SINGAPORE - One look at a panoramic cityscape is all it takes for the image to be etched in British artist Stephen Wiltshire's memory for the rest of his life.
More astounding is the fact that the 40-year-old savant, who is autistic, can draw a city he has seen right down to the finest detail even 20 years after a single visit.
His sister Annette, 42, says: "Once he has absorbed the view and memorised it, that's it - he's got it forever."
Diagnosed with autism when he was three - he could not speak fully till he was nine - the artist is internationally renowned for his amazing ability to draw detailed cityscapes from memory after viewing them just once.
His talent has allowed him to travel the world and sketch the skylines of major cities such as London, New York, Shanghai, Tokyo and Hong Kong.
He is in Singapore for the first time to draw its cityscape at the event See The Big Picture, as part of Singapore Press Holdings' 30th anniversary celebrations.
Since Wednesday, he has been drawing an aerial view of the city on a 4m-by-1m canvas from 10am to 5pm every day, in full public view, at the main atrium of Paragon shopping centre.
Before beginning his sketch, he was taken on an hour-long helicopter ride on Tuesday to view Singapore's skyline.
He will be at Paragon until tomorrow, which is when he is slated to complete the artwork. It will be presented to President Tony Tan Keng Yam in September as a gift to Singapore for its 50th birthday next year.
When Life! visited Paragon on Wednesday at noon, the black benches in front of the stage were packed with people, while others stood around watching him draw. Despite the large turnout, the artist was unfazed.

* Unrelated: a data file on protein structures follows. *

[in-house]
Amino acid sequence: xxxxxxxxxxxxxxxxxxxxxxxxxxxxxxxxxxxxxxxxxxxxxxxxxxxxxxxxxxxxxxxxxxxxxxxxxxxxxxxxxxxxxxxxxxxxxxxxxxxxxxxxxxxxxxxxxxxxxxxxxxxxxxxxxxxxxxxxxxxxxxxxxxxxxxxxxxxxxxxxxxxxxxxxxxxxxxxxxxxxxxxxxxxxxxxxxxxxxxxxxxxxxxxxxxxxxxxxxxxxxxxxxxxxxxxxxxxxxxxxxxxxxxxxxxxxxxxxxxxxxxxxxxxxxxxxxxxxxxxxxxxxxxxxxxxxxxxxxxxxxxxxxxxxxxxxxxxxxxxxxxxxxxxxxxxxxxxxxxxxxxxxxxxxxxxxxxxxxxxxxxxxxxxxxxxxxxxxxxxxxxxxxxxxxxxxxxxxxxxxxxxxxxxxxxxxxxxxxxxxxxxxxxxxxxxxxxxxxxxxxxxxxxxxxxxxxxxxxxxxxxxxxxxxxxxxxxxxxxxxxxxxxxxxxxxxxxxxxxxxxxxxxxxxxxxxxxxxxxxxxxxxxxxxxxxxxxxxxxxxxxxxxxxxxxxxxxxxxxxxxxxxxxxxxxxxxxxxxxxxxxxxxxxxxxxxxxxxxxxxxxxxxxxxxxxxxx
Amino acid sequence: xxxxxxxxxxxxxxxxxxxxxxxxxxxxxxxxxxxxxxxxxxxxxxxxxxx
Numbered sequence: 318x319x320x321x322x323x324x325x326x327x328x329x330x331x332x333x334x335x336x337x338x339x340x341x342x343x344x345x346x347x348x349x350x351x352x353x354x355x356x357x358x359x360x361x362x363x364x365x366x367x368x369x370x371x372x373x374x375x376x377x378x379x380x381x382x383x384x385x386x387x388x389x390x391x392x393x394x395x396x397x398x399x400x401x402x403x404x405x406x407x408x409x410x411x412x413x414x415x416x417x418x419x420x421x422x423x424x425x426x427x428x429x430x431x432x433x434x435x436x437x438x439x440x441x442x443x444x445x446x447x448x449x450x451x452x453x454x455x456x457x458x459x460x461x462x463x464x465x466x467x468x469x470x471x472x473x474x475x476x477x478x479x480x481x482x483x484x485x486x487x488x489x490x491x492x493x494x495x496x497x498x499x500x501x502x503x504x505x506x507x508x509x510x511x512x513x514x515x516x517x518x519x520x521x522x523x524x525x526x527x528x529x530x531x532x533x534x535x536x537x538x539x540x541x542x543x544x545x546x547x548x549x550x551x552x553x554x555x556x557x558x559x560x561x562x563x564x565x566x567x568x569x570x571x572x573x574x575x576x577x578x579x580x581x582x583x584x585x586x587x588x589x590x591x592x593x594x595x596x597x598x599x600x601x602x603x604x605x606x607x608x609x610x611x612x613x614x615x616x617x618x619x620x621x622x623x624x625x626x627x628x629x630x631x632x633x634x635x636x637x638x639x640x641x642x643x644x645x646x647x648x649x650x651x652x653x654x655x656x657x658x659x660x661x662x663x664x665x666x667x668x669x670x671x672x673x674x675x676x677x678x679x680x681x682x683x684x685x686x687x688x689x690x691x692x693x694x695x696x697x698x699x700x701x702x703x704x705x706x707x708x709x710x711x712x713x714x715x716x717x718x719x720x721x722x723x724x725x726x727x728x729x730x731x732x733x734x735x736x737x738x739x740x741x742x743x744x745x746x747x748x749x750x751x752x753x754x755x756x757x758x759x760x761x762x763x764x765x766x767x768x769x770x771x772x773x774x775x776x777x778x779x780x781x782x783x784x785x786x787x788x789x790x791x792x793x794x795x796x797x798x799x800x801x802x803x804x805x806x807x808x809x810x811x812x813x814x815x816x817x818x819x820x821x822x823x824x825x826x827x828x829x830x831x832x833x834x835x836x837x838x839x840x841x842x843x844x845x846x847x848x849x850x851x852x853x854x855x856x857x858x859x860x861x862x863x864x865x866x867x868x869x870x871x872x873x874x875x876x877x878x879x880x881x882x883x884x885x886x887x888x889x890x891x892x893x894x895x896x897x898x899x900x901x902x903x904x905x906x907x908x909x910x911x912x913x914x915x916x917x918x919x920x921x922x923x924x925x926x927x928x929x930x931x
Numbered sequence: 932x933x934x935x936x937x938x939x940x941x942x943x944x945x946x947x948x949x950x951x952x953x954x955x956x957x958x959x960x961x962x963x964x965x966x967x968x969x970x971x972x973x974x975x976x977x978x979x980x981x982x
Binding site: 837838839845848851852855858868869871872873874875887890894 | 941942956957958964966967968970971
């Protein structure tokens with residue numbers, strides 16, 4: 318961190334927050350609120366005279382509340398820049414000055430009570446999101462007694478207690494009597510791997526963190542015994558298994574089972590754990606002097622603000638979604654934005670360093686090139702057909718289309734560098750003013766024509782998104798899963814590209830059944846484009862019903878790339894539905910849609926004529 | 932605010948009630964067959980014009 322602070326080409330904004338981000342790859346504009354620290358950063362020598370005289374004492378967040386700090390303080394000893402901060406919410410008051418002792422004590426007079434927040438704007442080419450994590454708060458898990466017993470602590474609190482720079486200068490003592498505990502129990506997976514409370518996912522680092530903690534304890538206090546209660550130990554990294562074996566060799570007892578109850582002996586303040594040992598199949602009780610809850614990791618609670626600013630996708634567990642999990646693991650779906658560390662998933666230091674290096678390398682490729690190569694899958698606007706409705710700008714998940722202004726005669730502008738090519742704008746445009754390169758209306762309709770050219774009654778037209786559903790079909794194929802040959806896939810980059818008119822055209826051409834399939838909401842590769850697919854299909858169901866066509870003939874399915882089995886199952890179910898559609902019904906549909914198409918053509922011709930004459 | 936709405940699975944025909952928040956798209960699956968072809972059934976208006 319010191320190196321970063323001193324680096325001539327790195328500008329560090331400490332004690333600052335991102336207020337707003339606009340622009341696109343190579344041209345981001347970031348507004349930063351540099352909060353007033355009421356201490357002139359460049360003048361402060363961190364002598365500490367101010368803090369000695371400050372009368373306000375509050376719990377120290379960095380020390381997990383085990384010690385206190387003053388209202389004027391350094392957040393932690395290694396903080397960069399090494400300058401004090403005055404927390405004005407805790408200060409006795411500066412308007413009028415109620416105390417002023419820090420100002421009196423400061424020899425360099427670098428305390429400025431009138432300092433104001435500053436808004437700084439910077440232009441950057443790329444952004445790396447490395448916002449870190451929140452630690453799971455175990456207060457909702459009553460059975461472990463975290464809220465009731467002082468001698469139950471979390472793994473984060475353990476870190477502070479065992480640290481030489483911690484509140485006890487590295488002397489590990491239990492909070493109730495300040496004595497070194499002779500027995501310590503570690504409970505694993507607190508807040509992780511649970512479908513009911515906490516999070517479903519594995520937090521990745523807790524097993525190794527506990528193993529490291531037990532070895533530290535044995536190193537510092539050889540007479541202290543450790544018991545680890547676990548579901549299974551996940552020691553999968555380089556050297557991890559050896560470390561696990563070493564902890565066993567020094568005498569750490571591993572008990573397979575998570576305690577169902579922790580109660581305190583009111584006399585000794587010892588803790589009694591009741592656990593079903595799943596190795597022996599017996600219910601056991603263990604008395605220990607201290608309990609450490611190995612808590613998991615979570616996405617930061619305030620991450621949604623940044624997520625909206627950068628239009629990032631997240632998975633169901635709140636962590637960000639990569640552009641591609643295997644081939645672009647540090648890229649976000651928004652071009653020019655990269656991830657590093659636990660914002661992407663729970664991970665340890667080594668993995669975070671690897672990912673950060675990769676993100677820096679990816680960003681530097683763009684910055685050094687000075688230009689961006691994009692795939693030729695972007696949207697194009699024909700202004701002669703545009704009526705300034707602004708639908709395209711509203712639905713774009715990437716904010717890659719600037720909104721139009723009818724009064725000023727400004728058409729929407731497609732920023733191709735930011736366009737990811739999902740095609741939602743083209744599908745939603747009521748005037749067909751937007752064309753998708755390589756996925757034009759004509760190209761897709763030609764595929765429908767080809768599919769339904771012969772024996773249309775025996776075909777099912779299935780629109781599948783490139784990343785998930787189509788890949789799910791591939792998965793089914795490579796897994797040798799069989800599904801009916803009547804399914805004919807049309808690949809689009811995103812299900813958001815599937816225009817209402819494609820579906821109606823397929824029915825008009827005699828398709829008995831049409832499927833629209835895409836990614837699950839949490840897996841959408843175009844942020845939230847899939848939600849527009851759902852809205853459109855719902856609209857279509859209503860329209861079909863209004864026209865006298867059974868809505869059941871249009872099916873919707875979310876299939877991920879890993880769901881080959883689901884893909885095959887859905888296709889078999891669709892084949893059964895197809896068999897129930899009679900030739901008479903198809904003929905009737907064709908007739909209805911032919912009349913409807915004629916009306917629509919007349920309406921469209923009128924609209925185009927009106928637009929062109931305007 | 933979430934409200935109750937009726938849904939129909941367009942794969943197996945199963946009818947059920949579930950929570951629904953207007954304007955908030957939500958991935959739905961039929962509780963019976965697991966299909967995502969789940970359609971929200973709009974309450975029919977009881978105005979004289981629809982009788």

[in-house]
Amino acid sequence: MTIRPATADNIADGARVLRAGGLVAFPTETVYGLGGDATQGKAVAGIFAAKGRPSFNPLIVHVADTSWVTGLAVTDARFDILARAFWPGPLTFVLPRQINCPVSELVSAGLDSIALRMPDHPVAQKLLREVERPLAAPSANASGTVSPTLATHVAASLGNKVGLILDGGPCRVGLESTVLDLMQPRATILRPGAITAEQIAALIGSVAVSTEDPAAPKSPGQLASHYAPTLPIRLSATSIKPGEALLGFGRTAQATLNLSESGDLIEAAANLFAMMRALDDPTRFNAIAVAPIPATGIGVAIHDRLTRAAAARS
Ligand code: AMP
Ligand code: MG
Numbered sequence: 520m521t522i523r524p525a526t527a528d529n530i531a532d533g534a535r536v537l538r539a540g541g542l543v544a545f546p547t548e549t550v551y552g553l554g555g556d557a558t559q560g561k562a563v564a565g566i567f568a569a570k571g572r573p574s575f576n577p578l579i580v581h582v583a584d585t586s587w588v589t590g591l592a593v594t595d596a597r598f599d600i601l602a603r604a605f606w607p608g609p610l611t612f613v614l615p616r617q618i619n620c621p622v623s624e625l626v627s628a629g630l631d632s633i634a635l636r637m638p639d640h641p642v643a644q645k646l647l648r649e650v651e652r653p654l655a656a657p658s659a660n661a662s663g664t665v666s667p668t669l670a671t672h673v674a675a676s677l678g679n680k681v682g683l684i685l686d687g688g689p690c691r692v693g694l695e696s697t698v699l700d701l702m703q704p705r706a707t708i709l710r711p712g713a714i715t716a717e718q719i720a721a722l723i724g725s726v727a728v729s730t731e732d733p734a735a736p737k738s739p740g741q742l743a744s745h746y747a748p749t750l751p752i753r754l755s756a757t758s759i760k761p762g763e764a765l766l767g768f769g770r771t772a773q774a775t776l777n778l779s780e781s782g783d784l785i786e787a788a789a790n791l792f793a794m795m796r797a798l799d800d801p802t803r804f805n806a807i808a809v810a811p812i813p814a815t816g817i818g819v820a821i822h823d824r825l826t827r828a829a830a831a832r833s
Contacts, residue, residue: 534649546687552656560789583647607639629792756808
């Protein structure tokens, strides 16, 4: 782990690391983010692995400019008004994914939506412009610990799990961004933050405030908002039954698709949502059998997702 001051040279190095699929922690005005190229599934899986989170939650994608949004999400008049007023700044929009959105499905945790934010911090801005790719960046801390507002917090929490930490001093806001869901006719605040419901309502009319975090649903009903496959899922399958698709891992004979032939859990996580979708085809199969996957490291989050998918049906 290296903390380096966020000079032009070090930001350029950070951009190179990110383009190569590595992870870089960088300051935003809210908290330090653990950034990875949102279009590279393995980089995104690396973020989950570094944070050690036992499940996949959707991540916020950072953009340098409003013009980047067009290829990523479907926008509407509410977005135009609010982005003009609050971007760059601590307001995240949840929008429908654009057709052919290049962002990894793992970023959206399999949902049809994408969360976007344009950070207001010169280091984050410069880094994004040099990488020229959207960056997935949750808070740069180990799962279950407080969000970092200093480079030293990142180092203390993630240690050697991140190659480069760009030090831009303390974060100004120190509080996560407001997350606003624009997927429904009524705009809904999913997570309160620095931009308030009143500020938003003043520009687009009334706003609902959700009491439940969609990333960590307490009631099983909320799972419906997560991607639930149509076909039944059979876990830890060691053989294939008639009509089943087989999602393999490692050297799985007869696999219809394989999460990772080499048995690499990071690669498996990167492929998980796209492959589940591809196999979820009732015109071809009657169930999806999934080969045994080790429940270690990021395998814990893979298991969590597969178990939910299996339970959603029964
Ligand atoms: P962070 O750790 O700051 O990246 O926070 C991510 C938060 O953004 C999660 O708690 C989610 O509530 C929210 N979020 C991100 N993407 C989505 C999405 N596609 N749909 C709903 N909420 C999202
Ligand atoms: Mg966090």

Sitting on a high chair and plugged into music from his iPhone, he appeared to be in a world of his own as he slowly but steadily sketched out areas of Singapore's landscape for seven hours straight, save for an hour's break at 1.30pm daily.
Wiltshire, who tends to speak slowly, was in good spirits. "It is a pleasure drawing in front of an audience and not at all stressful. I always listen to music when I draw because it makes me feel good and allows me to concentrate," he says.
He enjoys listening to a wide range of tunes, including rock 'n' roll, Motown, funk, soul, rhythm, blues and pop.
He adds: "The cityscape was so beautiful and nice. But Singapore is sometimes difficult to draw, like the details of the residential areas."
By 5pm yesterday, he had completed two-thirds of the drawing.
Dealing with her brother's autism during a time when the condition was almost unheard of was difficult, says Ms Wiltshire. This was especially so as their father, an electrician had died in a motorbike accident in 1976, a year before he was diagnosed.
She says: "Autism in the 1970s was a taboo subject and a lot of parents who had autistic children were embarrassed. There were no books or schooling on how to go about handling it so we just did the best we could."
It was her mother who kept the family together. She raised them on her own and Ms Wiltshire vaguely recalls her taking on a part-time job in the evenings to support them.